Adam Smith's Simplified Theory of Moral Sentiments, Part 7, Section 2, Chapter 3: Virtue as Benevolence

Chapter 3: Systems which make Virtue consist in Benevolence

The Basis of Benevolent Systems is the Supreme Entity

72The system which makes virtue consist in benevolence is very ancient, but not as ancient as those of the Greeks.

73 According to them in the divine nature, benevolence or love was the sole principle of action.

74This system was much esteemed by many ancient fathers of the Christian church.

The Benevolent System of Dr. Hutcheson

75 Human nature often shows that virtue consists in benevolence.

76 Benevolence gives a superior beauty to benevolent actions.

77 Besides all this, Dr. Hutcheson observed that whenever a seemingly-benevolent action was discovered to have another motive, its merit gets reduced according to that other motive.

78 On the contrary, when seemingly selfish actions are discovered to have arisen from a benevolent motive, its sense of merit is greatly enhanced.

 

79 The casuists had disputes on the righteousness of conduct.

 

80 Since benevolence was the only motive which could bestow virtue on any action, the greater the benevolence evidenced by any action, the greater its praise.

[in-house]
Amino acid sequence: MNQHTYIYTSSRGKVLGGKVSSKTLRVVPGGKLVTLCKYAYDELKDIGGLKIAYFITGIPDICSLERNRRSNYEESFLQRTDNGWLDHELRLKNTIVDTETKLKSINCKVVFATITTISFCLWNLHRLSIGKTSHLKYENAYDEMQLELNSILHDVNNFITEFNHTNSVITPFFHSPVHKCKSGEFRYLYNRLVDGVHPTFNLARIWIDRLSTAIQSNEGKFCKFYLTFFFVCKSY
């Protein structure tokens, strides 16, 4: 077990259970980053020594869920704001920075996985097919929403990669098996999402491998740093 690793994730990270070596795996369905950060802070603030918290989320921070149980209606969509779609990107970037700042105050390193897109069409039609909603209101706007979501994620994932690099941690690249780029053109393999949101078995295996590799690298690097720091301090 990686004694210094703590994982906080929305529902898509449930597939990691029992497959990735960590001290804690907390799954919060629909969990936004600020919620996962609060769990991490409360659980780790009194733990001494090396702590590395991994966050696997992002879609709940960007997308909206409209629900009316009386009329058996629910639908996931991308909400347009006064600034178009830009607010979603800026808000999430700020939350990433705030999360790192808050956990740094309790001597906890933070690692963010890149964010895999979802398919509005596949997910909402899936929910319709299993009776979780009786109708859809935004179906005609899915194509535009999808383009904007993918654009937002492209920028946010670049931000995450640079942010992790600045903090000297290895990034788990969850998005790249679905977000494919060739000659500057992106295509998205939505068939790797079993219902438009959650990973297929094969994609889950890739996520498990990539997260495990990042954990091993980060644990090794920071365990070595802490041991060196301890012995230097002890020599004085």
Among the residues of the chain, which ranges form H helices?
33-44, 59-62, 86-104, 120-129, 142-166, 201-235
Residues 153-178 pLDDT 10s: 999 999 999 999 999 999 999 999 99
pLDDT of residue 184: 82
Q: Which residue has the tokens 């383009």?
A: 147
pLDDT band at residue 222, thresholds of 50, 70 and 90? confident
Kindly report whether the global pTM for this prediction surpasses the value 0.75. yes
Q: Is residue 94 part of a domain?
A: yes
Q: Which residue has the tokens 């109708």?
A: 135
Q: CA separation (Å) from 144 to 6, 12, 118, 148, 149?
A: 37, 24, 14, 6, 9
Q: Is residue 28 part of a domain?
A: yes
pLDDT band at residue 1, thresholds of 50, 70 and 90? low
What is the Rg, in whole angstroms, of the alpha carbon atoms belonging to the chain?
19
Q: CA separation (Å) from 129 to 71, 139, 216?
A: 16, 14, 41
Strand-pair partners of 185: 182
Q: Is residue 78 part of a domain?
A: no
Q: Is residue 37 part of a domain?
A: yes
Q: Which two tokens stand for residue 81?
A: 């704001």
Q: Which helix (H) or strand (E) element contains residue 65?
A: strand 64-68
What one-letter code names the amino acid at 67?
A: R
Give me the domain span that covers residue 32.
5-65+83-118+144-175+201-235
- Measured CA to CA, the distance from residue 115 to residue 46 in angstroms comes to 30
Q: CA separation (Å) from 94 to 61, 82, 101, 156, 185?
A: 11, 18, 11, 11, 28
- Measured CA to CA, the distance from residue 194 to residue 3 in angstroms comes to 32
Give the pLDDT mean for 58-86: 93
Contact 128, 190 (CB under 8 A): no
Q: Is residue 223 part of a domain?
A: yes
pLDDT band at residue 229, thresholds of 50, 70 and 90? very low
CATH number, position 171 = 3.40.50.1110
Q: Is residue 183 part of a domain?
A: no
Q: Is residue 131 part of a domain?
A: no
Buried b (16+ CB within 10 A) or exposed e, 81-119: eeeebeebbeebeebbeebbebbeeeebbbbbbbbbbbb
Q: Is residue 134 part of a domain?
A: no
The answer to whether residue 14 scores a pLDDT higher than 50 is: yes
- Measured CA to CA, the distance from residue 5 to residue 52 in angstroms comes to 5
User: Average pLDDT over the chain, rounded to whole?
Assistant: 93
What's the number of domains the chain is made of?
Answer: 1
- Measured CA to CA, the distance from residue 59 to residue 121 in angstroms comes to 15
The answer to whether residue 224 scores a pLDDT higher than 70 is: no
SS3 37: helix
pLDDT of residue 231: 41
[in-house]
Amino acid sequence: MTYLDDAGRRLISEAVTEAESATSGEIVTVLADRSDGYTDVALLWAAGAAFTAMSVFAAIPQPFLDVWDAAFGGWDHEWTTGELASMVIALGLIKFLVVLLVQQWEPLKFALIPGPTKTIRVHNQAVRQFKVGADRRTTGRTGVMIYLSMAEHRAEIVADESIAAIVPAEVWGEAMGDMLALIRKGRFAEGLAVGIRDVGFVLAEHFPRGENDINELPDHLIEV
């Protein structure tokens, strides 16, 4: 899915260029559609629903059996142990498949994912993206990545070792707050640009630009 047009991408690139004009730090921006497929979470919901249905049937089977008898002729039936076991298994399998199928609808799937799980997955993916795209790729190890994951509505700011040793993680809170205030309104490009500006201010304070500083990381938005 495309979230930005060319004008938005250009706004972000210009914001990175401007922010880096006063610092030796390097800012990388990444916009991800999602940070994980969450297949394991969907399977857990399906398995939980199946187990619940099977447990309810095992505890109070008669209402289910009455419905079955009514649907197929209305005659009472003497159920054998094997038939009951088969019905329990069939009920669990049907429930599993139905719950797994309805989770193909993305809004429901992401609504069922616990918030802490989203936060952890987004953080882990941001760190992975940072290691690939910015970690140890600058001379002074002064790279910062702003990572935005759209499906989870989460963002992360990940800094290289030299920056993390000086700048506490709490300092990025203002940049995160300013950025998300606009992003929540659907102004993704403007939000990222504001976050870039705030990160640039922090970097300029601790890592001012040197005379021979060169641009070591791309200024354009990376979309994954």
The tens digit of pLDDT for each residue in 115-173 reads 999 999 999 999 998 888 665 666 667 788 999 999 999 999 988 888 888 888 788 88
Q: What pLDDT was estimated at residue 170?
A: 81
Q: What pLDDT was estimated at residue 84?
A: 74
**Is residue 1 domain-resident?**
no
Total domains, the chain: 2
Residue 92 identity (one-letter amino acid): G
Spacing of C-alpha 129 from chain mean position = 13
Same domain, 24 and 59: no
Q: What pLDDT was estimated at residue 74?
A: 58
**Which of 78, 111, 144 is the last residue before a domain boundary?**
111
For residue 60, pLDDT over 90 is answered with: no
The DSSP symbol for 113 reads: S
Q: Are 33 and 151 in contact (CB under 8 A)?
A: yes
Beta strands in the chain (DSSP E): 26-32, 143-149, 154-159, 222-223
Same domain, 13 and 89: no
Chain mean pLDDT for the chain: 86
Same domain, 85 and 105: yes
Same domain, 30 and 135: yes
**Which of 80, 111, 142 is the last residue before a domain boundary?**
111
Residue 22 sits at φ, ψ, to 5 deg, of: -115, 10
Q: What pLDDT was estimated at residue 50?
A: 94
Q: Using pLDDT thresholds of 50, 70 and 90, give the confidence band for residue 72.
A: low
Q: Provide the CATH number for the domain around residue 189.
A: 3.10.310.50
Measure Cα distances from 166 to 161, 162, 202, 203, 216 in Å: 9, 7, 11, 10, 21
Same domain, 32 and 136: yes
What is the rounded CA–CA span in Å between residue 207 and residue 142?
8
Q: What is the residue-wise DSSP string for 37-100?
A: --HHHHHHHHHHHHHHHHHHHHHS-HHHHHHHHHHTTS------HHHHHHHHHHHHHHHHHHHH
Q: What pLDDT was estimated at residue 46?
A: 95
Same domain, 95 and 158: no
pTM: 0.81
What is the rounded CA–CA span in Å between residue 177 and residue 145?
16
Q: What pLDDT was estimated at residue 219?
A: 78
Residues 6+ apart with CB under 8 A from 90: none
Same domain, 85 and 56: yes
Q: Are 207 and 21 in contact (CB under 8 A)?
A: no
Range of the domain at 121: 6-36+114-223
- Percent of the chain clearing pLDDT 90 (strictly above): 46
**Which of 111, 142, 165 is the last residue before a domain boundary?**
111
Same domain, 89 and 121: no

81 Actions which aimed at the happiness of a great community demonstrated a more enlarged benevolence than those which aimed only at the happiness of a smaller system.

82 The perfection of virtue consisted in:

83 Self-love was a principle which could never be virtuous in any degree.

 

84 Dr. Hutcheson totally prevented self-love from being a motive of virtuous actions in any case.

 

85 Such is the account given of the nature of virtue in this amiable system.

 

The Spiritual system focuses on the cause but disregards the effect, just as the Selfish system focuses on the effect but disregarded the cause

86 Beneficence is the supreme virtue.

Prudence, vigilance, circumspection, temperance, constancy, and firmness are inferior virtues.

 

87 Regard to our own private happiness and interest often appear as very laudable principles of action.

88 Casuists frequently used an action's tendency towards a society's welfare as the standard to determine right or wrong.

 

89 Benevolence might be the sole principle of action in the Deity.

 

90 Those three systems place virtue in propriety, prudence, and benevolence.

91 The system which places virtue in obedience to the Deity's will, may be counted:

The question of why we should obey the Deity's will is an impious and most absurd question.

 

92 The system which places virtue in utility also coincides with the system that makes virtue consist in propriety.


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Next: Chapter 4: Licentious systems